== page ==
In an article on gubernatorial candidate George Fitch in today's Daily Press, my friend, Paul Jost (himself once a candidate for Congress and again for the state Senate), was quoted at length, offering some insights on Fitch's chances and abilities:
Jost, a wealthy businessman from Williamsburg, supports conservative candidates through his own efforts and through the Virginia Club for Growth, where he is a leader.For those who exclaim "Warrenton!?" the way Jerry Orbach snarled "Allentown?!" in 42nd Street, Paul has an answer:
Kilgore has strayed from the anti-tax conservative agenda, Jost says, and that gives Fitch an opening. Kilgore calls himself a tax-cutting conservative. He wants to limit skyrocketing property assessments through a constitutional amendment.
But he also wants to create regional transportation authorities that could propose a tax-raising referendum similar to one that Hampton Roads voters rejected in 2002.
"Jerry is speaking to everybody," Jost said, "but he's telling them all what they want to hear."
Fitch's approach does not vary from table to table.
"George has a consistent message wherever he goes," Jost said.
Policy issues aside, some have questioned whether Fitch can make the jump from small-town mayor to chief executive of the state.Fitch has apparently been making his way around the state. The Daily Press article showed him shaking hands and engaging voters in Hampton Roads; a Washington Times article on Saturday reported on his appearance on D.C.-area radio station WTOP, in which Fitch took issue with the Dillon Rule.
Jost says voters should look to the current governor, who was a businessman before taking office in 2002.
"Mark Warner didn't have any experience in public office at all," Jost said. "It's a different level of skill you bring to managing the public sector as opposed to the private sector."
Virginia gubernatorial candidate George B. Fitch yesterday said the doctrine that gives the state authority over local governments "should be put in a museum."Ever since my first run for office some 14 years ago, I have had a divided mind on the Dillon Rule. On the one hand, forcing local governments to come to Richmond for permission to do certain things -- like raising taxes or abridging the Second Amendment right to keep and bear arms -- adds a layer of deliberation and puts the brake on unwise acts. On the other hand, it does circumscribe local governments' capacity to do certain things that really are local in nature and scope: Fitch gives the example of changing Warrenton's dog-leash ordinance.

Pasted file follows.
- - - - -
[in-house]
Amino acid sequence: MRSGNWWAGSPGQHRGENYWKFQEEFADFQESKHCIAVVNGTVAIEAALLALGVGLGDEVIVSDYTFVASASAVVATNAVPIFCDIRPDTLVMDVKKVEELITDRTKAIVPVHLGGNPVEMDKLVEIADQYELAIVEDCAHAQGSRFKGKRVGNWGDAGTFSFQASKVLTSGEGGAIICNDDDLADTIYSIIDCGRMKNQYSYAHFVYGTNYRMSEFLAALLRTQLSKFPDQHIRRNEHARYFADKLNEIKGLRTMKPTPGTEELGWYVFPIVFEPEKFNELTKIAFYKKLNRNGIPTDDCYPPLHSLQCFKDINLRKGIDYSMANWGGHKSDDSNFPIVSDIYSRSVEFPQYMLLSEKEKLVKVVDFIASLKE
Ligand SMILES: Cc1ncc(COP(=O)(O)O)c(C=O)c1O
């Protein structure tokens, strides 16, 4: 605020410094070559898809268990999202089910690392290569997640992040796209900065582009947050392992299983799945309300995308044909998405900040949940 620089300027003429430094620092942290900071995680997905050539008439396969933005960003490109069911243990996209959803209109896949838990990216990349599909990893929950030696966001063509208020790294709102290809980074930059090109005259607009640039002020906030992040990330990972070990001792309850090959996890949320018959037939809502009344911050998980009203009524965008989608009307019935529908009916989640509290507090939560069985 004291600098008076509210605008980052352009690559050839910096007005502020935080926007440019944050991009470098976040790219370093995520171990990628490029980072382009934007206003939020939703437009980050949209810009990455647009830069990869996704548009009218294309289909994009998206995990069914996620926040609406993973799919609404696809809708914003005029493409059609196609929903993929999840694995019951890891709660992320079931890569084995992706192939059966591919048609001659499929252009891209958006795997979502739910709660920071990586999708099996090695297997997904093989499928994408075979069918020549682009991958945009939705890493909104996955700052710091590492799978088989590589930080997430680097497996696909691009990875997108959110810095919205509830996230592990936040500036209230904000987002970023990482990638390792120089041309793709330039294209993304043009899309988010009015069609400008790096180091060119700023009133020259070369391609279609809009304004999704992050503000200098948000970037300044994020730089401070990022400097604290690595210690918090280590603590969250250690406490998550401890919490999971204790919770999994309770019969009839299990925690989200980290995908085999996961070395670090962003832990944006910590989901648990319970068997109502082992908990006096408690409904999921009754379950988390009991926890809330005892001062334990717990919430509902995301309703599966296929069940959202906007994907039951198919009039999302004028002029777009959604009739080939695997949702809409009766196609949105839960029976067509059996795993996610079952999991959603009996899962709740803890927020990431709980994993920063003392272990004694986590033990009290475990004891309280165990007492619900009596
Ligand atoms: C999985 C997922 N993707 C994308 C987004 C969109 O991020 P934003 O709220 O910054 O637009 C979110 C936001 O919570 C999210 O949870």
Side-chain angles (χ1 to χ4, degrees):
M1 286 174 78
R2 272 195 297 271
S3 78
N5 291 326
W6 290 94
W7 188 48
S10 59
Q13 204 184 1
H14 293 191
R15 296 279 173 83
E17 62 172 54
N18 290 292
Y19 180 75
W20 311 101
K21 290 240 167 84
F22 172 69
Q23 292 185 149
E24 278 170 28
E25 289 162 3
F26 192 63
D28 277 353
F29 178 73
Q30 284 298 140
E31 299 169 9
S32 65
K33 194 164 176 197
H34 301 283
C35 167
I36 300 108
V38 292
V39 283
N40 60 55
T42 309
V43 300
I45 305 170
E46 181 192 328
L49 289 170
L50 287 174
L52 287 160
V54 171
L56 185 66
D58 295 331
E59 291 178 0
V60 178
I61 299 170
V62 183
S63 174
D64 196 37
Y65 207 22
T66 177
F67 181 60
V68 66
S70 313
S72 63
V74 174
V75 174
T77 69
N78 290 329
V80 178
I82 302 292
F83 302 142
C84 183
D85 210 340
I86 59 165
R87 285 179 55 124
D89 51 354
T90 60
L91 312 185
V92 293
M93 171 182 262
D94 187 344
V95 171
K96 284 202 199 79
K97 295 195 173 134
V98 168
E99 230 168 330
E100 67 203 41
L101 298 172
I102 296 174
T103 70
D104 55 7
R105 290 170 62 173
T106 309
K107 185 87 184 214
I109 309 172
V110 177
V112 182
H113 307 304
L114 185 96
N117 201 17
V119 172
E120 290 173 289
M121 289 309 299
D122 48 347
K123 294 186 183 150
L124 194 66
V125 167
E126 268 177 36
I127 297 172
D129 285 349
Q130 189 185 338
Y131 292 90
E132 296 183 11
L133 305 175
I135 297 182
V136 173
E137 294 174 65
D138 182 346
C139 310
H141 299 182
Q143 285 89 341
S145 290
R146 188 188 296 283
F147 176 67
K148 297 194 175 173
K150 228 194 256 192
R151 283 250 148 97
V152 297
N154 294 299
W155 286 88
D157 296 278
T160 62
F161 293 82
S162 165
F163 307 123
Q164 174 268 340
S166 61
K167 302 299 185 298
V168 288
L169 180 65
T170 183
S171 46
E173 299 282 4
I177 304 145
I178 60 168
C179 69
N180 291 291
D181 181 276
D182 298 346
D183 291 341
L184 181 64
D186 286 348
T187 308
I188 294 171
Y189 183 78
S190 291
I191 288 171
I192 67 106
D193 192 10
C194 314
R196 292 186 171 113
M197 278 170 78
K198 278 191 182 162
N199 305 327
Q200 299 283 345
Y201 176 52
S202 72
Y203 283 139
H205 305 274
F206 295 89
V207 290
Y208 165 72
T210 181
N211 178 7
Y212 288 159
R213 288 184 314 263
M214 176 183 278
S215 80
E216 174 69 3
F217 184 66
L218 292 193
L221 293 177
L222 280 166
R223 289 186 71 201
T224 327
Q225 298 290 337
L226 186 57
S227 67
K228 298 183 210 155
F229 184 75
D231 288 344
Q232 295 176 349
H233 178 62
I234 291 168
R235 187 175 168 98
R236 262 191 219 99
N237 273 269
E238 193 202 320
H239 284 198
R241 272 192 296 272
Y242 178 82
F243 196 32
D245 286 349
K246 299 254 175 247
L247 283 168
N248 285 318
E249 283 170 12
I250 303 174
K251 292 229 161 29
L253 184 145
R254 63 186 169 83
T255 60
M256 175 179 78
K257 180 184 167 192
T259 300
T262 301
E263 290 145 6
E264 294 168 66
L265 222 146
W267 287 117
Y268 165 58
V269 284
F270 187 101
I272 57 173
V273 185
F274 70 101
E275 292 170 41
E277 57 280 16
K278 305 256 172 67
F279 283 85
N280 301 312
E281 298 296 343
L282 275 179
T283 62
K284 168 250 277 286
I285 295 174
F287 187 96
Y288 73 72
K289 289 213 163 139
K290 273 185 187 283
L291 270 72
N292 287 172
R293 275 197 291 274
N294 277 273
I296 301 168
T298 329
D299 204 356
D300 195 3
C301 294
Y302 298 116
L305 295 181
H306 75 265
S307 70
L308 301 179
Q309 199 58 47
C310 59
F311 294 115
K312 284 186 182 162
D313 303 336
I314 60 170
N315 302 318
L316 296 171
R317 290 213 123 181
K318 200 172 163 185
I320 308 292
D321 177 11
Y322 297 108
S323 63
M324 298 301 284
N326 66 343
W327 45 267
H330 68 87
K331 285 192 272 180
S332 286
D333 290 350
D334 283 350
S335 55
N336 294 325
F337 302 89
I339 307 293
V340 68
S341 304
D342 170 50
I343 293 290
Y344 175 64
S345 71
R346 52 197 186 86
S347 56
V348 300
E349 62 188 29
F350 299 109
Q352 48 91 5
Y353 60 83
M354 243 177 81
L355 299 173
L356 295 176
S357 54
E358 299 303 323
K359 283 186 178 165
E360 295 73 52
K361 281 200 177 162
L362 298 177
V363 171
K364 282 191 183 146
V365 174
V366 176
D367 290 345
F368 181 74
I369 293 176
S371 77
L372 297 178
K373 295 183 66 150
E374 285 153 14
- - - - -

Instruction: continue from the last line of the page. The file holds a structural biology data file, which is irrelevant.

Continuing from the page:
Mr. Fitch, who is mayor of Warrenton in Fauquier County, said the so-called Dillon Rule should be amended to give Virginia cities and counties authority to raise some taxes and address their local issues.
"Philosophically, I am strongly opposed to the Dillon Rule," said Mr. Fitch, a Republican. "It's rather perverse. We're in a Republican state, and a bedrock Republican principle and credo is self-rule, local rule. ... We basically ball-and-chain and handcuff local governments."
I'm not sure I'd go whole-hog with Fitch and toss the Dillon Rule out with the bathwater. Some reform may be useful, and I would certainly appreciate a debate on the topic. Does Jerry Kilgore have an opinion? Would he care to discuss it at a public forum with George Fitch?